Using Logstash to load CSV data into Elasticsearch

Do you have a brand new Elasticsearch instance, but all your useful data you’d like to search lives in a CSV file? No problem. Logstash makes turning almost any data into something easily searchable in an Elasticsearch index.

To start with, you need some data (and a unix-like environment to use these examples – Windows works fine with some minor adjustments); In my case, I wanted to take an export of the data from my Davis Vantage Pro2 weather station, in CSV format, and create a new index with it.

I started out with a few million lines that looked like this, stored in a local file:

$ head -3 /home/erik/weather.csv

Don’t have any interesting data already? Here are a few fun sources:

Ok, so we have data, let’s get started. First, make sure you have a version of Java installed:

$ java -version
openjdk version "1.8.0_51"

Pretty much any JVM is fine for this – OpenJDK, Oracle, etc.

$ curl -O https://download.elastic.co/logstash/logstash/logstash-1.5.4.tar.gz
$ tar xfz logstash-1.5.4.tar.gz
$ cd logstash-1.5.4
$ mkdir conf

Now it’s time to build a configuration file.

First, we’ll define an ‘input’ section where we tell Logstash where to find the data.

input {
    file {
        path => "/home/erik/weather.csv"
        start_position => beginning


This just tells it where to look, and that we want to load from the beginning of the file.

Next we need a filter – Logstash has loads of filter plugins available by default. We’re going to use a couple different ones to parse our data. So far, Logstash doesn’t really know anything about the data in the file – we need to tell it the format, and any other specifics on how to handle various fields.

filter {
    csv {
        columns => [
        separator => ","
        remove_field => ["message"]
    date {
        match => ["time", "ISO8601"]
    mutate {
        convert => ["TempOut", "float"]

I left the real columns in that correspond to my data; They should be pretty self explanatory, but there are a couple important pieces. First, I tell it to remove the ‘message’ field – which is an entry containing the entire row; I won’t need it, since I’m searching on specific attributes. Second, I tell it that the ‘time’ field contains an ISO8601-formatted date, so that Elasticsearch knows not to treat it as a plain string. Finally, I use the mutate function to convert the ‘TempOut’ value into a floating point number.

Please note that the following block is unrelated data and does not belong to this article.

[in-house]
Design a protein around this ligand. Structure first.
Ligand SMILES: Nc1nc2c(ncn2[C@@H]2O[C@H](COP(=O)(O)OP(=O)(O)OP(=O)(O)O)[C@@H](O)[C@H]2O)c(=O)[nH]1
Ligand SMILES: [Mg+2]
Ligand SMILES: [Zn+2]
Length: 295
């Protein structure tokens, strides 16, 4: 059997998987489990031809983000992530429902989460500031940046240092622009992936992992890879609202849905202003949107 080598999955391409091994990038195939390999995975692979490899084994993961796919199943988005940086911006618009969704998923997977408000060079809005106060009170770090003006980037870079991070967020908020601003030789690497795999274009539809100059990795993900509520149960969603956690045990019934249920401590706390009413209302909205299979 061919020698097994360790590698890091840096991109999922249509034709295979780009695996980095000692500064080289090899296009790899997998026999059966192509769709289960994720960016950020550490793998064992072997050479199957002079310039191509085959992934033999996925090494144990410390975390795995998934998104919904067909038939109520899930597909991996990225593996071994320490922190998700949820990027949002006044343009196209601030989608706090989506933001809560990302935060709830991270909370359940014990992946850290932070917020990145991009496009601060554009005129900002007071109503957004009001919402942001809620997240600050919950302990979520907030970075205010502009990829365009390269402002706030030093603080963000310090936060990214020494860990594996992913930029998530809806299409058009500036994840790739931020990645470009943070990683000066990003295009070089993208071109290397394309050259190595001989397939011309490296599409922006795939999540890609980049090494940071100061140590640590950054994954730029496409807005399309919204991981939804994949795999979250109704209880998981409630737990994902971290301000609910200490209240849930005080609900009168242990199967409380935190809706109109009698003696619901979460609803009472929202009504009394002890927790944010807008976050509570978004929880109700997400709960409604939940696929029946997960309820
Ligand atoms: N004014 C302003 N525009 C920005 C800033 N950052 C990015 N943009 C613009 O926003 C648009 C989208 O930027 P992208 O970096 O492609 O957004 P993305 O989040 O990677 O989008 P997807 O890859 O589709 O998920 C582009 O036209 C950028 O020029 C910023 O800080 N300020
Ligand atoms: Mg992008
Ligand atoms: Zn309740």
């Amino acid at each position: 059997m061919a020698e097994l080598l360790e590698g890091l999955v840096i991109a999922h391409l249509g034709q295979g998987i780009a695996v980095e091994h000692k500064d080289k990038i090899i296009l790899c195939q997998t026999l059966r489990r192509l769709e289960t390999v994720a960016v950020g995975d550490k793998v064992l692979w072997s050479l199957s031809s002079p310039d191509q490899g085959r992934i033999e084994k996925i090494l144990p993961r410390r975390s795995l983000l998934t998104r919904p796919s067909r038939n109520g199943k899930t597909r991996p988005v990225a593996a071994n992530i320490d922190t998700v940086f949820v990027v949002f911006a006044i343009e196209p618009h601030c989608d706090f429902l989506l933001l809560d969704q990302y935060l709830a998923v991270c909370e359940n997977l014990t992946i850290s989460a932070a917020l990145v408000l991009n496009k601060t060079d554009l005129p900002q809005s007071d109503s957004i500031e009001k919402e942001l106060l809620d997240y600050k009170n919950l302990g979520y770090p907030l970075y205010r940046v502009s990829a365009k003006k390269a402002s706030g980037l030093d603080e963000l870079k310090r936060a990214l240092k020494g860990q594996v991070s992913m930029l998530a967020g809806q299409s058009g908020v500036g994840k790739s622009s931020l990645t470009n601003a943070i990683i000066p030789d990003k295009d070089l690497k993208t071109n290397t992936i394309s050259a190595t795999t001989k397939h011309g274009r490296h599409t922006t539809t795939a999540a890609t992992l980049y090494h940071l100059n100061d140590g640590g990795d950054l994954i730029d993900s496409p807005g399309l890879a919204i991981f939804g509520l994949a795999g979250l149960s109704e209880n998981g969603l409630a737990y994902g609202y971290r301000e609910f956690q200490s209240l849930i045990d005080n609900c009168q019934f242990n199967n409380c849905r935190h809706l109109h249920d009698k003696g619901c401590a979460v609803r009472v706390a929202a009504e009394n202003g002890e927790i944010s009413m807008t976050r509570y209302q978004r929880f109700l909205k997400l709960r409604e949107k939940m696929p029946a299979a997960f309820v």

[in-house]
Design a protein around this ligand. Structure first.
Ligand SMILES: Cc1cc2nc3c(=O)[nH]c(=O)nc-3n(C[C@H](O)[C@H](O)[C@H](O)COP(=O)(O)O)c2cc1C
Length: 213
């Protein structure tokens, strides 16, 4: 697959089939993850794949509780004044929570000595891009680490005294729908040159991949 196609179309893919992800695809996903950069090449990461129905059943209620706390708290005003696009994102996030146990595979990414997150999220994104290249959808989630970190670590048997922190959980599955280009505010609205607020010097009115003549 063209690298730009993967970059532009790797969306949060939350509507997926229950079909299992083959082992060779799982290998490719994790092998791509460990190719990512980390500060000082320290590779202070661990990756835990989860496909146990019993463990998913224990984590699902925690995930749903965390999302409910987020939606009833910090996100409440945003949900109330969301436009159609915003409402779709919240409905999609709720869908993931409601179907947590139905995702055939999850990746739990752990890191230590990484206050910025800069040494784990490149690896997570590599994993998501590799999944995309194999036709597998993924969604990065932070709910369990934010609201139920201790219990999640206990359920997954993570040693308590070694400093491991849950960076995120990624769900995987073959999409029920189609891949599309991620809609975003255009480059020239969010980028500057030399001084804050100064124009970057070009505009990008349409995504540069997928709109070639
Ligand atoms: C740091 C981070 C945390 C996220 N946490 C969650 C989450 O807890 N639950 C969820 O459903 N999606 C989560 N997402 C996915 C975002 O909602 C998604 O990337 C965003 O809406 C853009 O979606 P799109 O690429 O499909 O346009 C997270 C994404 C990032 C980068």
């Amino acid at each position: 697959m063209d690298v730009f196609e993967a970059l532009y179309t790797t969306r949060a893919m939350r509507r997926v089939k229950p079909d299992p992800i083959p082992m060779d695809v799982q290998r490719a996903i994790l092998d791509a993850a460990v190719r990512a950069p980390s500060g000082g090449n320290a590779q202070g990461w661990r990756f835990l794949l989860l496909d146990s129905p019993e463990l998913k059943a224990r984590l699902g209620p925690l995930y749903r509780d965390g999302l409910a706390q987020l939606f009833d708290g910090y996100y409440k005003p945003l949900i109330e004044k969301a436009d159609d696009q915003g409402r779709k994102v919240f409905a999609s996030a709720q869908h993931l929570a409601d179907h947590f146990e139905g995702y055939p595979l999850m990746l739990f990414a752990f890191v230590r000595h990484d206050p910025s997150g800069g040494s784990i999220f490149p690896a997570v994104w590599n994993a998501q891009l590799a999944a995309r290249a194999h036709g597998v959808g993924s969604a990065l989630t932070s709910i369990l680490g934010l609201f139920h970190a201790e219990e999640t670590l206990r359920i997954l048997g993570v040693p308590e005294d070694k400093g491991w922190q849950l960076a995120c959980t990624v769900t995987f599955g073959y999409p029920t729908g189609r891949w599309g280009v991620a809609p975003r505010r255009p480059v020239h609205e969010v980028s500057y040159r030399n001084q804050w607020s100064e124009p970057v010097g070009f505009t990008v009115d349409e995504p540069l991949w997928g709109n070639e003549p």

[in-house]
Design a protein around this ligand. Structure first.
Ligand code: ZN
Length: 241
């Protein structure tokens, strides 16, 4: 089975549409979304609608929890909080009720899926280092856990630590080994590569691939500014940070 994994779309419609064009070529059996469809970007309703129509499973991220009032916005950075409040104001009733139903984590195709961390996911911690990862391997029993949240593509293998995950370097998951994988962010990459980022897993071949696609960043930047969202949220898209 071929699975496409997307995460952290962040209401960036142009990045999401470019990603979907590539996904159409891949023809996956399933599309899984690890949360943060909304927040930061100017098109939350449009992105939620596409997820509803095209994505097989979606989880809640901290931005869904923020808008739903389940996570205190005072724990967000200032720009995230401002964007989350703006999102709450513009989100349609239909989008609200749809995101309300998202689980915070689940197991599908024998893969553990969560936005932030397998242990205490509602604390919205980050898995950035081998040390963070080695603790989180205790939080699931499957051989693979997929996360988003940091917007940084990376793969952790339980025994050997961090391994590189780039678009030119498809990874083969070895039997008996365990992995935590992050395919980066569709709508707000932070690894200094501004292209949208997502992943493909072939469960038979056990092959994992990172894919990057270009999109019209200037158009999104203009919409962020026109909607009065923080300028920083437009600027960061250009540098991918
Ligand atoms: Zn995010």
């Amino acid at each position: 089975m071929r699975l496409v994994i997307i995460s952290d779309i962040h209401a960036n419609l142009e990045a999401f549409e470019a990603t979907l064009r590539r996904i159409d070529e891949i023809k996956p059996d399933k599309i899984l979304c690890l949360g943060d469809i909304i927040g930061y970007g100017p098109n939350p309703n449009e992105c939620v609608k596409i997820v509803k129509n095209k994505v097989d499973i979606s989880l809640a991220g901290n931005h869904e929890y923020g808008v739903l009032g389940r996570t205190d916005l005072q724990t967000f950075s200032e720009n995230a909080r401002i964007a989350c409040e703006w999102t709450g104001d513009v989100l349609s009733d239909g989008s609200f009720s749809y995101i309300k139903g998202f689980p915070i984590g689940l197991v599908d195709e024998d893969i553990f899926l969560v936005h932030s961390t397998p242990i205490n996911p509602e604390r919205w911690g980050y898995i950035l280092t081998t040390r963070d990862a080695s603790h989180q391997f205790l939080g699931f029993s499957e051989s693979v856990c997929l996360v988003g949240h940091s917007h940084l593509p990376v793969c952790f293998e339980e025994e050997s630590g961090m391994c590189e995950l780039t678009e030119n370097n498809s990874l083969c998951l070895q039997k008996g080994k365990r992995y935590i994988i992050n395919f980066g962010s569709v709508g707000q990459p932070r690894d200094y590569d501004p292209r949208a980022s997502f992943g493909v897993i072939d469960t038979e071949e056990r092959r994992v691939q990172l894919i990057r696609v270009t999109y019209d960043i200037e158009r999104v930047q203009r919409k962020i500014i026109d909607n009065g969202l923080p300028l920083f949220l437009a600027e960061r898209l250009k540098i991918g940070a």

Ok, so now we’re set up to ingest the data, and parse it – but now we need to store it in Elasticsearch:

output {
    elasticsearch {
        protocol => "https"
        host => ["iad1-20999-0.es.objectrocket.com:20999"]
        user => "erik"
        password => "mysupersecretpassword"
        action => "index"
        index => "eriks_weather_index"
    stdout { }

This should be pretty self-explanatory too – just configure for your host/port, authentication data, and the name of the index you’d like to store it in.

Ok, let’s fire it up! If it’s working, it should look something like this:

$ bin/logstash -f conf/logstash.conf -v
Logstash startup completed

Did it work? Let’s ask Elasticsearch:

$ curl -u erik:mysupersecretpassword 'https://iad1-20999-0.es.objectrocket.com:20999/_cat/indices?v'
health status index               pri rep docs.count store.size pri.store.size
green  open   eriks_weather_index 5   1   294854     95.8mb     48.5mb

Looks like my documents are there! Let’s query for one:

$ curl -u erik:mysupersecretpassword 'https://iad1-20999-0.es.objectrocket.com:20999/eriks_weather_index/_search?q=TempOut:>75&pretty&terminate_after=1'

This tells Elasticsearch to find documents with TempOut greater than 75 (Tempout:>75), to format it for human consumption (pretty), and to return no more than one result per shard (terminate_after=1). It should return something like this:

  "took" : 4,
  "timed_out" : false,
  "terminated_early" : true,
  "_shards" : {
    "total" : 5,
    "successful" : 5,
    "failed" : 0
  "hits" : {
    "total" : 5,
    "max_score" : 1.0,
    "hits" : [ {
      "_index" : "eriks_weather_index",
      "_type" : "logs",
      "_id" : "AU-yXZJIJb3HnhKvpdNC",
      "_score" : 1.0,
    } ]

Success. Logstash is a great Swiss army knife for turning any data you have laying around into something you can easily play with in Elasticsearch – have fun!

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